Egypt teachers protest, vow to continue strike



CAIRO- Around 5,000 teachers gathered outside the cabinet headquarters in Cairo on Saturday to demand better pay, vowing to pursue a strike that has crippled several schools around the country.
"We want social justice!" the teachers chanted, as they blocked a main thoroughfare in central Cairo, creating gridlock in the centre of the capital, an AFP photographer said.



Teachers from several governorates converged to demand the sacking of the minister of education, Ahmed Mussa. In addition to better pay, they are demanding permanent contracts for hundreds of thousands who have no access to benefits because of their status.
Egypt's 1.3 million public school teachers' salaries are among the lowest in the country, while schools are badly maintained and lack sufficient resources.
"Three desks are missing from my classroom, and I don't even have a chair to sit on," read one banner.
"No more cosmetic changes, no more private lessons, we want fair salaries," read another.
The poor quality of schools has created shadow education systems where teachers give private lessons for extra income, and many parents complain that their children are penalised if they refuse the private tutoring.
Other teachers are angry at the bad reputation of the profession, saying they have no authority with their students and have been stripped of their dignity.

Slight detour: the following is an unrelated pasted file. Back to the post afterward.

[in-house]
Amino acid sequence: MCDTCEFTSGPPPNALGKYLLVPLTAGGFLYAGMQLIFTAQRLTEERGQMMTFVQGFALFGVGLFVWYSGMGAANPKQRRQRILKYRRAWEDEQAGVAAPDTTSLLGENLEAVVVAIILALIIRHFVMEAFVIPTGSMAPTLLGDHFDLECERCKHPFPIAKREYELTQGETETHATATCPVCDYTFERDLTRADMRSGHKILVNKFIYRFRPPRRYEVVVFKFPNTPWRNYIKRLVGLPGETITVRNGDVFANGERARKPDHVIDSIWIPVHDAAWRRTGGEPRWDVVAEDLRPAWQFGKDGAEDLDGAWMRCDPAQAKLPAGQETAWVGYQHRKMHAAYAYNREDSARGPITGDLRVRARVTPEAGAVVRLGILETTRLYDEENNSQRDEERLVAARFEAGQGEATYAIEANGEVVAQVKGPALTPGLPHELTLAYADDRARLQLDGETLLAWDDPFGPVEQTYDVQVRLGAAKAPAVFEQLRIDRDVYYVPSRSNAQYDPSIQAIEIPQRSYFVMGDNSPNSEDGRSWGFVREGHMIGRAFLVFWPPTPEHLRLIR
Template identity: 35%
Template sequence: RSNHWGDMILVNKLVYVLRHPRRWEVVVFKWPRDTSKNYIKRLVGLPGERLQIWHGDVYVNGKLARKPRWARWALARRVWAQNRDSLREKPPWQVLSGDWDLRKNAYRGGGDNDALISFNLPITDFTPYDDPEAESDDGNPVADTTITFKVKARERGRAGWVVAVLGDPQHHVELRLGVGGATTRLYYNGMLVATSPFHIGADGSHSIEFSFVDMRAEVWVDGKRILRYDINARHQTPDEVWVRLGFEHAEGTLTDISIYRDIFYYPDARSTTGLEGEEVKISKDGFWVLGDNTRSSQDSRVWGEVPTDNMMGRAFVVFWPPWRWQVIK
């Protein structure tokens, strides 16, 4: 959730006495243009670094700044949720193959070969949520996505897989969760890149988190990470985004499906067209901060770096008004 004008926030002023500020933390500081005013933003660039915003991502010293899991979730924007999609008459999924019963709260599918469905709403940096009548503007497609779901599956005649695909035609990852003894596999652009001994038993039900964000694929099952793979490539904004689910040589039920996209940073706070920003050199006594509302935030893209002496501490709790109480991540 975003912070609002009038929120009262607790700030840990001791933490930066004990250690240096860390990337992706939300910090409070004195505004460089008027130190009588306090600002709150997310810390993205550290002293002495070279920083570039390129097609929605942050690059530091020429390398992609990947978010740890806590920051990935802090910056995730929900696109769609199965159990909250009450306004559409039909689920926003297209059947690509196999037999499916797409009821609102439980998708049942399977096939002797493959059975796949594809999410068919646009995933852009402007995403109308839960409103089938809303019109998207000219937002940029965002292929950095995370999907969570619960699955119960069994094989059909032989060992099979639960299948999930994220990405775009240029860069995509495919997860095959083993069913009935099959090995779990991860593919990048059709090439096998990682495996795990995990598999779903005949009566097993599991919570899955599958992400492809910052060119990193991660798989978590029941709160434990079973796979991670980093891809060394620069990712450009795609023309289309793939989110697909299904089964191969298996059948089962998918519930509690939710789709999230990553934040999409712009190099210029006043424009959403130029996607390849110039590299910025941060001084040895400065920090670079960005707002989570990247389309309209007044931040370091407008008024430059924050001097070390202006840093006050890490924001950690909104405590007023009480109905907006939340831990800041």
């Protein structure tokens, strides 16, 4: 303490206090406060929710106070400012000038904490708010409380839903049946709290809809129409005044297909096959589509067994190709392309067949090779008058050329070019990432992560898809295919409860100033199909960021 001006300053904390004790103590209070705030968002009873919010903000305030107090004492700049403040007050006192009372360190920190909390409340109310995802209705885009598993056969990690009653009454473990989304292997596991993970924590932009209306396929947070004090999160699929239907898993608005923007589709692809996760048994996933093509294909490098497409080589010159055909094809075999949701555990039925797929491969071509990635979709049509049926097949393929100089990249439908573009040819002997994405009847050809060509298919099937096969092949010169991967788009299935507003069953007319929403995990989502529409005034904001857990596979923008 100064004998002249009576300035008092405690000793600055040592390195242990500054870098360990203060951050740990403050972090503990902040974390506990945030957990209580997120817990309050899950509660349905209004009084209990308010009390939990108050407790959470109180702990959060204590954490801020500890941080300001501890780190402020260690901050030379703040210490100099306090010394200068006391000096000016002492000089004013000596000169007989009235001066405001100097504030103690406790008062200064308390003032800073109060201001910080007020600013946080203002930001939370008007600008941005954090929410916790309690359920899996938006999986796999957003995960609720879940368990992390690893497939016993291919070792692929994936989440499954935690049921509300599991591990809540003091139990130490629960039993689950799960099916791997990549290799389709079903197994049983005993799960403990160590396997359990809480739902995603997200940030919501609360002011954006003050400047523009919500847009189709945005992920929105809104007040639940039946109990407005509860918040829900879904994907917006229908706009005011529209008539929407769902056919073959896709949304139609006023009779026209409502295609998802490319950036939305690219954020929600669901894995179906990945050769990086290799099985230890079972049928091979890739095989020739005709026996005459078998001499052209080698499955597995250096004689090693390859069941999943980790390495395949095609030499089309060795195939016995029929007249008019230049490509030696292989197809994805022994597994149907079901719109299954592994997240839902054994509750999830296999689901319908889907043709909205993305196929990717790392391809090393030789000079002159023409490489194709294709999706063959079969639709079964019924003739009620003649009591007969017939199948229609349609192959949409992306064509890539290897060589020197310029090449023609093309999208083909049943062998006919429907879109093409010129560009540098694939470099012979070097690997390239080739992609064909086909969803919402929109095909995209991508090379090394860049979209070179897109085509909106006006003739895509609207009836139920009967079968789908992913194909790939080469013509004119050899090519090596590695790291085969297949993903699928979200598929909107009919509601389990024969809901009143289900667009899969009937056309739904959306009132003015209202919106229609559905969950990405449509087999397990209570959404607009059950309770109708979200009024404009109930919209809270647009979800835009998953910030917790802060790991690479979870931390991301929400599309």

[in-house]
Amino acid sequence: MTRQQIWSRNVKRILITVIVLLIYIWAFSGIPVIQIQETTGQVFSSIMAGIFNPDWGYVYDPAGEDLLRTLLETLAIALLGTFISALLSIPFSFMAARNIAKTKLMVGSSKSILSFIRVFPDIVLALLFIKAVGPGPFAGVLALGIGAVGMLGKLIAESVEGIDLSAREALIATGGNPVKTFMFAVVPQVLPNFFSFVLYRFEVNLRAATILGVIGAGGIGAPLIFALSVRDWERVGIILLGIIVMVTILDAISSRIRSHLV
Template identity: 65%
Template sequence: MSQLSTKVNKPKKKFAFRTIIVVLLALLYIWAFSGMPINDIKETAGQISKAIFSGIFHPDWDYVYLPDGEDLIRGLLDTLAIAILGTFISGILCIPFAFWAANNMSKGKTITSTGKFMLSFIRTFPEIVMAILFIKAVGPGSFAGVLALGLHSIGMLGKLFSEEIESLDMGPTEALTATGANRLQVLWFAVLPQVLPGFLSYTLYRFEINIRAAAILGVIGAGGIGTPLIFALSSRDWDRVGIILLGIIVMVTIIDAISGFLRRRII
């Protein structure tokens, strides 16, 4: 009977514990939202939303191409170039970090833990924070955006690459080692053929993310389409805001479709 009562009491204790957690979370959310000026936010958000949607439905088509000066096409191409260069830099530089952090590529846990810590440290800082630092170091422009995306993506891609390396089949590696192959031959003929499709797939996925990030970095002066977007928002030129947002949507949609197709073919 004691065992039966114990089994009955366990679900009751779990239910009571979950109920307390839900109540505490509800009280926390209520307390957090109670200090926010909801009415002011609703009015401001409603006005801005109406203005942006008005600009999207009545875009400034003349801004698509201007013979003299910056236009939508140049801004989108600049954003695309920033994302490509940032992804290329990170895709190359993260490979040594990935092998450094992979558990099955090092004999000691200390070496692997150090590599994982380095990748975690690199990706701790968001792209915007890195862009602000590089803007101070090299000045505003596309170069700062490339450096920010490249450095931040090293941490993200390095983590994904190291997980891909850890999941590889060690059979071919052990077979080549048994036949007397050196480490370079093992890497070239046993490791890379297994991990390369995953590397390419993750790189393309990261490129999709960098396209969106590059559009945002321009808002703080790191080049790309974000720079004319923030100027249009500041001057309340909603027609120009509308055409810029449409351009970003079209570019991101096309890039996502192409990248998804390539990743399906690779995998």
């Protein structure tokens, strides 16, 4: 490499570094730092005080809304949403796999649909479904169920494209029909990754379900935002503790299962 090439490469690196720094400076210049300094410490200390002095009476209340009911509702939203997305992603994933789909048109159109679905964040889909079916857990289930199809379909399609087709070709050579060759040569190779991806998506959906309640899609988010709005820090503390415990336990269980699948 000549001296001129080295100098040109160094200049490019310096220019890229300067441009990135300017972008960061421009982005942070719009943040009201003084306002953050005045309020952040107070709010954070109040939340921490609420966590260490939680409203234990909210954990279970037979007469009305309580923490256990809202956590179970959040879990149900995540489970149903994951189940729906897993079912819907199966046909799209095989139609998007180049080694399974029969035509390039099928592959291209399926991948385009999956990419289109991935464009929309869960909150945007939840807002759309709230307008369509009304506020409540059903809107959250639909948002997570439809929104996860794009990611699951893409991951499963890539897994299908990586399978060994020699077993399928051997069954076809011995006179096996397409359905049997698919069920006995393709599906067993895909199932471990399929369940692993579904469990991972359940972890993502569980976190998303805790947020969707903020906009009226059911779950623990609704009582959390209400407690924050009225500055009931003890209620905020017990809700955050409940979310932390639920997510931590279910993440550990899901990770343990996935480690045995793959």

"We will strike until our demands are met," read another banner.
Prime Minister Essam Sharaf, who heads a caretaker government, has vowed to look into teacher's complaints and to restore dignity to the profession.
Around three percent of teachers have gone on strike, according to the ministry, with pictures of empty classrooms circulating on the internet and in newspapers.
The strike comes amid a wave of industrial actions that have crippled the country since an uprising toppled the regime of president Hosni Mubarak in February.
Workers in public transport, factories and universities, air freight and other sectors have staged pickets across the country demanding better pay.
On Friday, Egypt's Red Sea Port Authority said the Ain Sokhna port at the southern entrance to the Suez Canal had been shut due to strike action.
Dubai's DP World, which operates the hi-tech terminal, was forced to shut down operations after strikes that began Tuesday and have cost the company $1 million a day, state news agency MENA reported.
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Sunday, September 25th 2011
AFP
           


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